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Jubilee

How to model temperature change and irrigation

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Hi Jubilee,

 

You can specify the amount of various minerals in a domain in many ways. For example, you can set the fraction or percentage of a nodal block's volume that a mineral occupies, as you've done, as the mass or volume of mineral per volume of porous media or per liter of fluid, etc. When I compare your input (59 vol% Quartz, 3 vol% Gypsum) with your description, however, I think the values you specified are incorrect. There should be 3 g of Gypsum for ever 97 g of Quartz according to your description (meaning the mass of Quartz is 22.3 times greater than that of Gypsum), but when I plot the mass of each mineral in the initial system I get 500 g of Quartz to 22.13 g of Gypsum (the mass of Quartz is only 22.6 times greater than that of Gypsum). You should make sure that you're correctly accounting for the density of each mineral (you can view this info from the Config - Show menu). You should also note that wt% (which you used in an earlier script) is relative to the mass of solution, not to the total mass of minerals. If you have 1 kg of water plus 100 g solute in SpecE8, and Quartz is 100 wt%, that means you'll have 1.1 kg of Quartz in the system.

 

When you use the built-in rate law function in React, X1t, or X2t, you specify a specific surface area for the mineral of interest in cm2/g. As a mineral dissolves or precipitates, its mass will either decrease or increase and the surface area evaluated in the rate law will be calculated from the product of the mineral's mass and specific surface area (you can view the surface area of a kinetically reacting mineral in Xtplot, under the System parameters).The assumption here is that the surface area to mass ratio does not change. If this ratio does change (as it would in a single growing crystal, for example) then you can write a custom rate law. Another option available in GWB10 (which contains transient field variables) is to use the built-in rate law but write an equation describing how the specific surface area changes as a function of the mineral's mass.

 

You can model evaporation by removing solvent water from the system. Chapter 24, Evaporation, in the Geochemical and Biogeochemical Reaction Modeling text, describes how this is done.

 

Hope this helps,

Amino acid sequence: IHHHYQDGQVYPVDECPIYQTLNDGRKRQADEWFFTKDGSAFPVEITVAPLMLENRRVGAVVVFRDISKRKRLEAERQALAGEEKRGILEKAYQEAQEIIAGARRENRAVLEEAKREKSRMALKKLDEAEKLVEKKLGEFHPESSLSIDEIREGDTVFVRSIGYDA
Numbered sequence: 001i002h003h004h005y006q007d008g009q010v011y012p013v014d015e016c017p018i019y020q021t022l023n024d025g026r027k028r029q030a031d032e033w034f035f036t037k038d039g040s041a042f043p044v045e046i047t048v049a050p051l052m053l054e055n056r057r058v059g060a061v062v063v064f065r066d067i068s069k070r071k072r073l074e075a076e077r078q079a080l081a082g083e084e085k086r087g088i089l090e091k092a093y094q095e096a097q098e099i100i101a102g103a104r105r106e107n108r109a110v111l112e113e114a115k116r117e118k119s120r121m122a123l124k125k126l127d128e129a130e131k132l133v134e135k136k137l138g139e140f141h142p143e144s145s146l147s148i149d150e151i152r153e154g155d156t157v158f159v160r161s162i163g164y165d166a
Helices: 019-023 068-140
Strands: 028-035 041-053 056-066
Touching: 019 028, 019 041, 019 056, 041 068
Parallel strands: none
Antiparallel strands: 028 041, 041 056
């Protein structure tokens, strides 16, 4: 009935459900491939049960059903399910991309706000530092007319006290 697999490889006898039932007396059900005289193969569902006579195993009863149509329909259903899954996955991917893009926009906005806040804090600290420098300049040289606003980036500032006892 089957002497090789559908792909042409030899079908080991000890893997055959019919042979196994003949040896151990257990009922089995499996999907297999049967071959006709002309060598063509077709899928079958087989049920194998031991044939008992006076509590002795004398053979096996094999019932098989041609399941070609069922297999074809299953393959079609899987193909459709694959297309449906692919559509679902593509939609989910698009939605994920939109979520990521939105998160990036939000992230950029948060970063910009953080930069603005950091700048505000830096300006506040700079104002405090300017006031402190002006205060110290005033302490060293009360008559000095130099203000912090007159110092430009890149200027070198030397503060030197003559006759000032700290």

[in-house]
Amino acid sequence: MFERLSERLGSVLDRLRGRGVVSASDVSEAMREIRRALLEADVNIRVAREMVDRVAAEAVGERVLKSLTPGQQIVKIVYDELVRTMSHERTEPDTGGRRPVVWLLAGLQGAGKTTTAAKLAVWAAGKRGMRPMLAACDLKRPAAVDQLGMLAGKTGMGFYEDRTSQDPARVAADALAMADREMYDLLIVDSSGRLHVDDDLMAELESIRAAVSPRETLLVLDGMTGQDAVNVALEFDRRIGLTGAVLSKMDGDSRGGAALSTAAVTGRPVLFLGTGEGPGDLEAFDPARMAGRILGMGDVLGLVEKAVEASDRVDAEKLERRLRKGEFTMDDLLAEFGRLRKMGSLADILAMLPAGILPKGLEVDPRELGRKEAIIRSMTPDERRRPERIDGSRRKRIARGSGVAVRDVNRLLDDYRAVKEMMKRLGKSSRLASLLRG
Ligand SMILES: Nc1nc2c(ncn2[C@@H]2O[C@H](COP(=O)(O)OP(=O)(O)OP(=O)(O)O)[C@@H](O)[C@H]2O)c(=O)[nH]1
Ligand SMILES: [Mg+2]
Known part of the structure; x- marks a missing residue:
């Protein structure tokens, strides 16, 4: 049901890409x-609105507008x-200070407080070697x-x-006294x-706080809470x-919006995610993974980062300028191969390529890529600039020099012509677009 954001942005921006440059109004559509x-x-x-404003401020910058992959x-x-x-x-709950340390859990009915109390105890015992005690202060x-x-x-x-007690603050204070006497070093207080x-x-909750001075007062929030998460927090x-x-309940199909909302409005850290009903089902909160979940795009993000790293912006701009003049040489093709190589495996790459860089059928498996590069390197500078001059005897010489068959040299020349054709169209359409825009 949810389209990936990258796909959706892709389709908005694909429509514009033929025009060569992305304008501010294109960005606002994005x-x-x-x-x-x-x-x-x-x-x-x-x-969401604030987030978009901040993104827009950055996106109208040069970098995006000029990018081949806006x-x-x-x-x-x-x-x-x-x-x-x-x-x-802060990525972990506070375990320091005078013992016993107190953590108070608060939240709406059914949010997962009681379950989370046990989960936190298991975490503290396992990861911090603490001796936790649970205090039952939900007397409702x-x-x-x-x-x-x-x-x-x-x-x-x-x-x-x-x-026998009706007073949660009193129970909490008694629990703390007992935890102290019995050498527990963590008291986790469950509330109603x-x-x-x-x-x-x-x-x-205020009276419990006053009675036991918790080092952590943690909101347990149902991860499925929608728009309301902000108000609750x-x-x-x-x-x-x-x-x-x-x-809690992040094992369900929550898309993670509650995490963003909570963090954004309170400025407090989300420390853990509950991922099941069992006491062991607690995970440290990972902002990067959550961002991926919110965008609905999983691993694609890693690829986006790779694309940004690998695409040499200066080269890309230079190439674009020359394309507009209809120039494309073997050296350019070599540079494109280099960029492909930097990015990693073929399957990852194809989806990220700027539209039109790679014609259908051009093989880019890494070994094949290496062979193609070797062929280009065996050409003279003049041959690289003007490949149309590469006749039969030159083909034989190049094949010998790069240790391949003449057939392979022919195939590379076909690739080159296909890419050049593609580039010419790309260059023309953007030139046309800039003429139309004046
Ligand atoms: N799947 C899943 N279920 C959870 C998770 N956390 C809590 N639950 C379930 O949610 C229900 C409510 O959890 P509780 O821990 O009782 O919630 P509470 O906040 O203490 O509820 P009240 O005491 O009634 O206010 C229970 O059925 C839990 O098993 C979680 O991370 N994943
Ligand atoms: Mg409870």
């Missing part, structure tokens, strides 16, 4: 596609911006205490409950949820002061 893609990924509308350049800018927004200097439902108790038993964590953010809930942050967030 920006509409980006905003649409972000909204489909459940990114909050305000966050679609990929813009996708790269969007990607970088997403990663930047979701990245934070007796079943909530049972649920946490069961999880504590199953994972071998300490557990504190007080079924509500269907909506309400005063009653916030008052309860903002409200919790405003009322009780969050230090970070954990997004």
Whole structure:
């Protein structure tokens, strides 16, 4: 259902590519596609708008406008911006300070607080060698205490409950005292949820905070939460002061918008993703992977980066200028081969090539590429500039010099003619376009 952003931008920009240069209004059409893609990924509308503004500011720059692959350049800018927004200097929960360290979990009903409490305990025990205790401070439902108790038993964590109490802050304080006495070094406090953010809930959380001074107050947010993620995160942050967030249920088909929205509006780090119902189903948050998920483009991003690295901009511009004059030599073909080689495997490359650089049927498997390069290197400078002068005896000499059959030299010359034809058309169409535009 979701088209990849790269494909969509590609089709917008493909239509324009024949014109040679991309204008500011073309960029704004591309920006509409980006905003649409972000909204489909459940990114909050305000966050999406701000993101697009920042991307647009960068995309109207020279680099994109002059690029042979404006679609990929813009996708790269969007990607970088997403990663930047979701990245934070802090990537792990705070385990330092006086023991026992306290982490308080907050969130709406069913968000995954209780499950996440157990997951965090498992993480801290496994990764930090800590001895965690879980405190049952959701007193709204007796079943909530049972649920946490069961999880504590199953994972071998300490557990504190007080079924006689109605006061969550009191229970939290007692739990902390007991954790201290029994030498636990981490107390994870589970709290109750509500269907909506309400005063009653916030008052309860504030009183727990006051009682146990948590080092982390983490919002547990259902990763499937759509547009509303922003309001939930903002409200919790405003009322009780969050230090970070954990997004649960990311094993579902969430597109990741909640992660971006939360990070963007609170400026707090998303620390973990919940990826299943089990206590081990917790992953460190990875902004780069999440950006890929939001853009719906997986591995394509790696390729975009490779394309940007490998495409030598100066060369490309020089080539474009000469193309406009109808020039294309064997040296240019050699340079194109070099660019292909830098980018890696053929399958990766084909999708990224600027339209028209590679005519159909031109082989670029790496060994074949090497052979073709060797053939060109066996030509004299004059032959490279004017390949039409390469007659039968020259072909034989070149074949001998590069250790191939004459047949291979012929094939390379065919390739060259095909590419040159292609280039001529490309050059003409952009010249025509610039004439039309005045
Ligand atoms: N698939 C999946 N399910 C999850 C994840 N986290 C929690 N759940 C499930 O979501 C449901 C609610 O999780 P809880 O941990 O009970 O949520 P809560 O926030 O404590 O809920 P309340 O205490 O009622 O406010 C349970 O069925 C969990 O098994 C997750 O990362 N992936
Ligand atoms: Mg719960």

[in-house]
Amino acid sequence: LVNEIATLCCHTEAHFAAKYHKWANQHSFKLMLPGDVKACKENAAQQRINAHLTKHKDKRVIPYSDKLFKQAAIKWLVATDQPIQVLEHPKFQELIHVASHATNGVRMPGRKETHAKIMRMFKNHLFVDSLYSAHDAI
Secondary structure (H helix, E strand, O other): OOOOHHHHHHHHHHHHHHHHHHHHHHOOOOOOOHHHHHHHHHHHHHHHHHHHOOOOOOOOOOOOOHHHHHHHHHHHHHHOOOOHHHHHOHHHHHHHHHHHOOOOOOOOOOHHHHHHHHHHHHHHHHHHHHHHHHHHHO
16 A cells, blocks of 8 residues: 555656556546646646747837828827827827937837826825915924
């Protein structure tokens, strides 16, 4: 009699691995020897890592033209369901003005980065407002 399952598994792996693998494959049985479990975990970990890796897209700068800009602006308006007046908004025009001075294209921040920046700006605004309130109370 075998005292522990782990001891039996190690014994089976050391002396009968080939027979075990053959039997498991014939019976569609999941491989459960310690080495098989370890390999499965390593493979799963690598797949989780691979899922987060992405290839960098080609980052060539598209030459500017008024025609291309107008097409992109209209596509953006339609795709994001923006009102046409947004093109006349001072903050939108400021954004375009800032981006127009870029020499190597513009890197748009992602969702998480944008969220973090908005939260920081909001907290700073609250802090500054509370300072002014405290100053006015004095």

Brian

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Hi Brian

Thanks for your constant support.

I incorporated the changes you suggested in your previous email and obtained a more accurate result. So far, I have identified the dispersion and mineral specific surface area as key drivers for my model. I still have a couple of questions regarding the reactant plane.


On the reactant plane, there are 4 options (simple fixed, kinetic, and sliding). I would like to know the implication of selecting gypsum under “Simple” instead of “Kinetic”. From my observation, “kinetic” gives me a better control as I can specify parameters such as the rate constant, surface area, dissolution or precipitation, and other key parameters that influence my model. However, I can only specify the mineral abundance when using “Simple”.

I would like to know the following:


1. Given that I have no control over the aforementioned parameters when using “simple”, what are the defaults for “simple? Is there a document that gives the default parameters of the model?

2. Not much is said in the GWB guides regarding “xaffin”. What does this parameter mean and what is its significance?


I look forward to your response.

Regards,

Jubilee

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Hi Jubilee,

 

Glad to hear you're getting better results. A simple reactant is just titrated into your fluid gradually over the course of your model. For example, if you chose 100 g of Calcite as a simple reactant in React, the program would add a small amount of Calcite to the fluid at each step of the calculation. By default the program takes 100 steps, so 1 g would be added at each step. If the fluid is undersaturated with respect to Calcite, it will dissolve; if not, it will simply accumulate in the system. See section 3.1 "Titration paths" in the Reaction Modeling Guide for more information.

 

The built-in rate law for a kinetically reacting mineral looks something like this: r = k * A * (1 - Q/K), where k is a rate constant, A is the surface area of the mineral, Q is the ion activity product, and K is the equilibrium constant for a mineral's reaction. With a cross-affinity term, you can evaluate the (1 - Q/K) term for a different mineral, which might be an altered surface layer of a crystal whose bulk composition is that of the first mineral. For more info on xaffin, see section 4.2.3 "Cross-affinity rate laws" in the Reaction Modeling Guide.

 

Hope this helps,

Brian

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Hi Brian,

I am considereing precipitation in X1t using the built in rate law for a kinetically reacting mineral ( r = k+ * A * (1 - Q/K)). Generally, Keq = K+/K- where k+ = dissolution rate constant and k- is the rate constant for precipitation, and Keq is the eqilibrium rate constant. When modeling for precipitation in x1t and i supply a value for the dissolution rate constant (k+), does GWB calculate the k- from the k+ and Keq or precipitation is only determined by the value of Q/K.